It’s finally here! I think. I hope.
After a long Chicago winter, one of my favorite things about spring is all of the leaves and flowers coming back with their lovely colors and delectable scents. Before moving to Chicago, I lived in Florida, where—while always beautifully green—it isn’t that big of a deal when spring comes around. There, it’s ALWAYS spring. Here, spring matters, and it’s definitely worth celebrating.
Anyone who knows me well enough knows I am slightly plant-obsessed. I’ve even gotten a few members of my cohort hooked on attempting to garden in our tiny, sometimes cold and dark, apartments. I didn’t realize how much I missed greenery until I started growing herbs in my kitchen my first Chicago winter.
When I lived in my last apartment, I had a beautifully sunny window in my kitchen where I set all my herbs and succulents. My sister-in-law also sprouted an avocado seed (as in one from the middle of the avocado you buy at the grocery store and devour in any variety of delicious ways) when she was staying with us two winters ago. It currently rises to almost 2 feet high in my living room, still holding on!
The herbs, onions, and other re-growable veggies have come and gone, but my succulents remain steadfast and enduring. They’re also constantly reproducing if given the right conditions. No seeds needed—succulents regrow from cuttings or leaves through a process called propagation.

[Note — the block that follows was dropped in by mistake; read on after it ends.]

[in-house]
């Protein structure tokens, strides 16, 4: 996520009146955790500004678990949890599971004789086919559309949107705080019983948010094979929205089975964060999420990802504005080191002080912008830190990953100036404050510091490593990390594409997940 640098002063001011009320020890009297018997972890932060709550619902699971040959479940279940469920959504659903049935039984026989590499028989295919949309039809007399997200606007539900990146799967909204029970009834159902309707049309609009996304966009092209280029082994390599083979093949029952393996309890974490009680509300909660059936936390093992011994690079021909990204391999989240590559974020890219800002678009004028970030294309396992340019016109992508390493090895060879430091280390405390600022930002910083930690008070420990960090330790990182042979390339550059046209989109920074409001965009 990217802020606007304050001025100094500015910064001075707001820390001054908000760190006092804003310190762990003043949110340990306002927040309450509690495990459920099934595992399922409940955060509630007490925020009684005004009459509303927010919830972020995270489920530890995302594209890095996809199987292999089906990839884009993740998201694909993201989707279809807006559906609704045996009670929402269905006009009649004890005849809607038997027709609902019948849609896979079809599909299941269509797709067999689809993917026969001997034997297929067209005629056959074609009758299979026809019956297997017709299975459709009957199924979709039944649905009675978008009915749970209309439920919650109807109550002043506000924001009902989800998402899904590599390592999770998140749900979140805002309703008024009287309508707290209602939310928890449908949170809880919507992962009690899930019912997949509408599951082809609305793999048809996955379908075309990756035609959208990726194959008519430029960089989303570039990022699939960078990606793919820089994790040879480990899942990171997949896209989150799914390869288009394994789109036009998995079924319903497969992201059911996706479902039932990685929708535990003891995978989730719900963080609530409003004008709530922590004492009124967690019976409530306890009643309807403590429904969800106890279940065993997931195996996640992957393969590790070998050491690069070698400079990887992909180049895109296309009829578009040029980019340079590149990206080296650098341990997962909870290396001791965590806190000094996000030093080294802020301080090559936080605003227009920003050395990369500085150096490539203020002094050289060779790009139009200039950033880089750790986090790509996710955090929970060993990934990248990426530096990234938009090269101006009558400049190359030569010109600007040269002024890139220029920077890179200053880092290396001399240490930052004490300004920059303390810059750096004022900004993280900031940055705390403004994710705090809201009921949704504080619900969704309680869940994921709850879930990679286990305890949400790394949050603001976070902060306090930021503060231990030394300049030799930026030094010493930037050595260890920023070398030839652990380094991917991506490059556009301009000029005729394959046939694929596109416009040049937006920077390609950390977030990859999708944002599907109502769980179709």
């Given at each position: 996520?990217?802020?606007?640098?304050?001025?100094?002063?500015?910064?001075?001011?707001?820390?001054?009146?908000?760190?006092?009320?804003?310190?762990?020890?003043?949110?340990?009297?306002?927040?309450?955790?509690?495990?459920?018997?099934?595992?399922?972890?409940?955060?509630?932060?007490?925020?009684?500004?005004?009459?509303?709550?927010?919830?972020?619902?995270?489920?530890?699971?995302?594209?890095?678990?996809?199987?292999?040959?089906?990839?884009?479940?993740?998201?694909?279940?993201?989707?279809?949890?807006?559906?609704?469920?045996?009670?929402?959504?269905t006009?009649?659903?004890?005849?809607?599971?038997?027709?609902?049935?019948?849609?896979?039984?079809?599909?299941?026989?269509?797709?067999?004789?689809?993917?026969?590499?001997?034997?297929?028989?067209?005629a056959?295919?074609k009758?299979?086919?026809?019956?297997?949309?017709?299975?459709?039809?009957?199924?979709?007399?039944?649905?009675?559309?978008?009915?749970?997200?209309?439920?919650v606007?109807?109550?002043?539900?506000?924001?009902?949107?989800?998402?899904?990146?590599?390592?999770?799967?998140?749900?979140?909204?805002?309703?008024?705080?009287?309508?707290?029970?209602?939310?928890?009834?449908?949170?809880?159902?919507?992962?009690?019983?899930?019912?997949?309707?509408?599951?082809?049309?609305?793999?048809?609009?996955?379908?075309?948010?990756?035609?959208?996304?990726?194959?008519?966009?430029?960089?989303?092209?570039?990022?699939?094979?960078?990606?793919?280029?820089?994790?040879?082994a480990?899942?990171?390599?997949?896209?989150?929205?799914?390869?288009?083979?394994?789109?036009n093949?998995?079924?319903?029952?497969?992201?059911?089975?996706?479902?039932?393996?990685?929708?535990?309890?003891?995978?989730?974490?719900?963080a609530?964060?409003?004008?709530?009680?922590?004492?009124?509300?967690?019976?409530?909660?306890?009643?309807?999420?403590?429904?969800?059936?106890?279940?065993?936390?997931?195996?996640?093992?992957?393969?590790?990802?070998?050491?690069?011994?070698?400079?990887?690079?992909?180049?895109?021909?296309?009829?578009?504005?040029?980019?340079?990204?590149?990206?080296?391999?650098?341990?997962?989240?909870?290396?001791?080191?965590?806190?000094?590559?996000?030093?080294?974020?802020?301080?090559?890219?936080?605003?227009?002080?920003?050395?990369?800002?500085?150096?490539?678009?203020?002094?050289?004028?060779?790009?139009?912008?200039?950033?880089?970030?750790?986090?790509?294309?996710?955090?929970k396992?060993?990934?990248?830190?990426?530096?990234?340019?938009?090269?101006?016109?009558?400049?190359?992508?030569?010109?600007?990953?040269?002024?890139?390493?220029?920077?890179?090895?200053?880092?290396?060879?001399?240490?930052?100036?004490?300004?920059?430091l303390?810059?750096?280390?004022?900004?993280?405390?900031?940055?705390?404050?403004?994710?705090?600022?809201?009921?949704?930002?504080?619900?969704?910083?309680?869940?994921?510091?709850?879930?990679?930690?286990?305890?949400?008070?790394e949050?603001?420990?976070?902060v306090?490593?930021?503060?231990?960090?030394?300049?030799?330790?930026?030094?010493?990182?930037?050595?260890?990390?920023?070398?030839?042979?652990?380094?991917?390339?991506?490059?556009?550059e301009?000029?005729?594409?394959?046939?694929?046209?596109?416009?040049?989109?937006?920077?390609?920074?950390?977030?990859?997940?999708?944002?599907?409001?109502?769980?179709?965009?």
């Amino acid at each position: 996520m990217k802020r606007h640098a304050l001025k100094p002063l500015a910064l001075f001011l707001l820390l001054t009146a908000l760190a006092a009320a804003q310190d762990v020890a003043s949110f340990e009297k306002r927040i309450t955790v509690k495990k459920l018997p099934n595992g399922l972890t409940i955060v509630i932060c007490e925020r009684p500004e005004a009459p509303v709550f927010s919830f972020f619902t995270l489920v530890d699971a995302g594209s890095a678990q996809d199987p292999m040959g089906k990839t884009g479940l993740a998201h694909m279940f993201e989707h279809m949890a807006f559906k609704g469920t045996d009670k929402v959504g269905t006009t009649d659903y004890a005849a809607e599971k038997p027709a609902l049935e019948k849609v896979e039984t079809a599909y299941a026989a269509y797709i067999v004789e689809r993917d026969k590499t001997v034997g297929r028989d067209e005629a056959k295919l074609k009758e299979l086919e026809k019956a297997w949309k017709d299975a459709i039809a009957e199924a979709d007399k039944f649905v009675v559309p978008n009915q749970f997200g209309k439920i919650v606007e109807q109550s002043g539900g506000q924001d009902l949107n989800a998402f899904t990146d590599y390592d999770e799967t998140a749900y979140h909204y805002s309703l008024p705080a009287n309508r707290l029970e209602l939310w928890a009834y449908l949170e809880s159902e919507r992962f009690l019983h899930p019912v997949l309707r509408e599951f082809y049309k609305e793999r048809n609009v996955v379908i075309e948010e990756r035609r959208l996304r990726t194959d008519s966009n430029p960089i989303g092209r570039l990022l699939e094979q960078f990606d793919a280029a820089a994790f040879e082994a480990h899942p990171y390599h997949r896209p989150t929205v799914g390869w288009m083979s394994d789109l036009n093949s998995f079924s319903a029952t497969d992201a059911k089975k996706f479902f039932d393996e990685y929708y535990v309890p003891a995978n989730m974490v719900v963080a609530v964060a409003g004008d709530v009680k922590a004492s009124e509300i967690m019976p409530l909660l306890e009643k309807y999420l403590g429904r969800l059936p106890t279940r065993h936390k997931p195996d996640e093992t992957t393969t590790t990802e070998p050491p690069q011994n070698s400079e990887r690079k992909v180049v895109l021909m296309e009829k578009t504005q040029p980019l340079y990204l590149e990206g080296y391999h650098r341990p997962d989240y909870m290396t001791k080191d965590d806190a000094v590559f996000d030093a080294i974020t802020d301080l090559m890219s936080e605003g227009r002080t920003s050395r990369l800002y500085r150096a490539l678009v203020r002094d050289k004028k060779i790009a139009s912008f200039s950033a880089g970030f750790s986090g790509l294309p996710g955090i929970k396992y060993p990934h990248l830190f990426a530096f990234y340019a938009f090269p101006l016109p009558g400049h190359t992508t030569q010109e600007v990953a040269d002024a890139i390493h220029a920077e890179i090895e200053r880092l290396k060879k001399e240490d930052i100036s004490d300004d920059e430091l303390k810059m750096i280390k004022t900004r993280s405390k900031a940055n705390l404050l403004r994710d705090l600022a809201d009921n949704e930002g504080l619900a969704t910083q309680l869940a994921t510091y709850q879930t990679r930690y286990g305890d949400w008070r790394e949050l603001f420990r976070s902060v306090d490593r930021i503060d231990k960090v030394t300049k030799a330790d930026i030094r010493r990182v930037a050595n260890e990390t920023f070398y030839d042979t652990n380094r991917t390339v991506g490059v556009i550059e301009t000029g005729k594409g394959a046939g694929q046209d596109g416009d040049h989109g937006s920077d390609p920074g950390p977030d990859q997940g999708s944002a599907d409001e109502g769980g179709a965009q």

My affinity for these hardy and unique little plants may in some ways connect to my own philosophies regarding my art and writing practices for a couple reasons:
1. You REALLY have to try to kill them.
These little guys thrive in the desert, so under-watering usually isn’t an issue. If anything, OVER-WATERING can be their death.
When it comes to writing, if you REALLY are a writer in your heart of hearts, I think it takes a lot to kill that impulse. There will be dry spells, but with enough time, care, and attention, you can bounce back. I’ve done this too many times with my work and with my darling little plants.
2. They’re always trying to find new ways to survive.
As mentioned above, succulents reproduce via propagation rather than through seeds, and this is a tendency that I find absolutely remarkable. If a leaf or cutting is taken carefully from the plant, within a few days it begins to grow tiny pinkish roots, and within a week or two, you’ll probably see the first beginnings of tiny little leaves.
People often talk about “killing your darlings” when writing. Something might be beautiful but it isn’t quite right. Something needs to be killed or set aside for the greater good of what you’re working on. I don’t necessarily believe in murdering them forever. I’m more of the tendency that pieces can be saved and salvaged and they often prove to be roots for new pieces when given a little time away from their origins. They soon will grow their own roots, become their own plants.
Looking to the forms and patterns of nature, for me, is reassuring, relaxing, a reminder of the ability to grow, change, recover, and restart, but also a much-needed piece of brightness and light in a fairly dark and cold place for much of the year.